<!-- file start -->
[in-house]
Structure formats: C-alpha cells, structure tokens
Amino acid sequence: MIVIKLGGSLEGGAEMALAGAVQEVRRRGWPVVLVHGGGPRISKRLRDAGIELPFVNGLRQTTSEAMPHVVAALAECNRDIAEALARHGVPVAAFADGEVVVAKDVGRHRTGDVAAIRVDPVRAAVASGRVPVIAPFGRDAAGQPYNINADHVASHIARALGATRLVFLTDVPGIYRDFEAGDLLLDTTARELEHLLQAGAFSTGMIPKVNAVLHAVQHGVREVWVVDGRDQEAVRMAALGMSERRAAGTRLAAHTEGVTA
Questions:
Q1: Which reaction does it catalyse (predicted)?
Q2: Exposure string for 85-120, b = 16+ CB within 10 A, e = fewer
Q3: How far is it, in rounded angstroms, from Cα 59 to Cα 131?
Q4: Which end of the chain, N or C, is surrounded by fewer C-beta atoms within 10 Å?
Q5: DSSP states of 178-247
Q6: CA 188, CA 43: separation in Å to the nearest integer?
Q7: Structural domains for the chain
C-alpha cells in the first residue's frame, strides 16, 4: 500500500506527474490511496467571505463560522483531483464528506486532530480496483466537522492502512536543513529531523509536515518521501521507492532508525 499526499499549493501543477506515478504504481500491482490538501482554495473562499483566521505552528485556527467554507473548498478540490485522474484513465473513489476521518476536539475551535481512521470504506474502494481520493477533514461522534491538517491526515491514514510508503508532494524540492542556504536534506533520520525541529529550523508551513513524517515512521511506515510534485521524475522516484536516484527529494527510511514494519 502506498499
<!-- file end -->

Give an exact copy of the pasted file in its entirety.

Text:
[in-house]
Structure formats: C-alpha cells, structure tokens
Amino acid sequence: MIVIKLGGSLEGGAEMALAGAVQEVRRRGWPVVLVHGGGPRISKRLRDAGIELPFVNGLRQTTSEAMPHVVAALAECNRDIAEALARHGVPVAAFADGEVVVAKDVGRHRTGDVAAIRVDPVRAAVASGRVPVIAPFGRDAAGQPYNINADHVASHIARALGATRLVFLTDVPGIYRDFEAGDLLLDTTARELEHLLQAGAFSTGMIPKVNAVLHAVQHGVREVWVVDGRDQEAVRMAALGMSERRAAGTRLAAHTEGVTA
Questions:
Q1: Which reaction does it catalyse (predicted)?
Q2: Exposure string for 85-120, b = 16+ CB within 10 A, e = fewer
Q3: How far is it, in rounded angstroms, from Cα 59 to Cα 131?
Q4: Which end of the chain, N or C, is surrounded by fewer C-beta atoms within 10 Å?
Q5: DSSP states of 178-247
Q6: CA 188, CA 43: separation in Å to the nearest integer?
Q7: Structural domains for the chain
C-alpha cells in the first residue's frame, strides 16, 4: 500500500506527474490511496467571505463560522483531483464528506486532530480496483466537522492502512536543513529531523509536515518521501521507492532508525 499526499499549493501543477506515478504504481500491482490538501482554495473562499483566521505552528485556527467554507473548498478540490485522474484513465473513489476521518476536539475551535481512521470504506474502494481520493477533514461522534491538517491526515491514514510508503508532494524540492542556504536534506533520520525541529529550523508551513513524517515512521511506515510534485521524475522516484536516484527529494527510511514494519 502506498499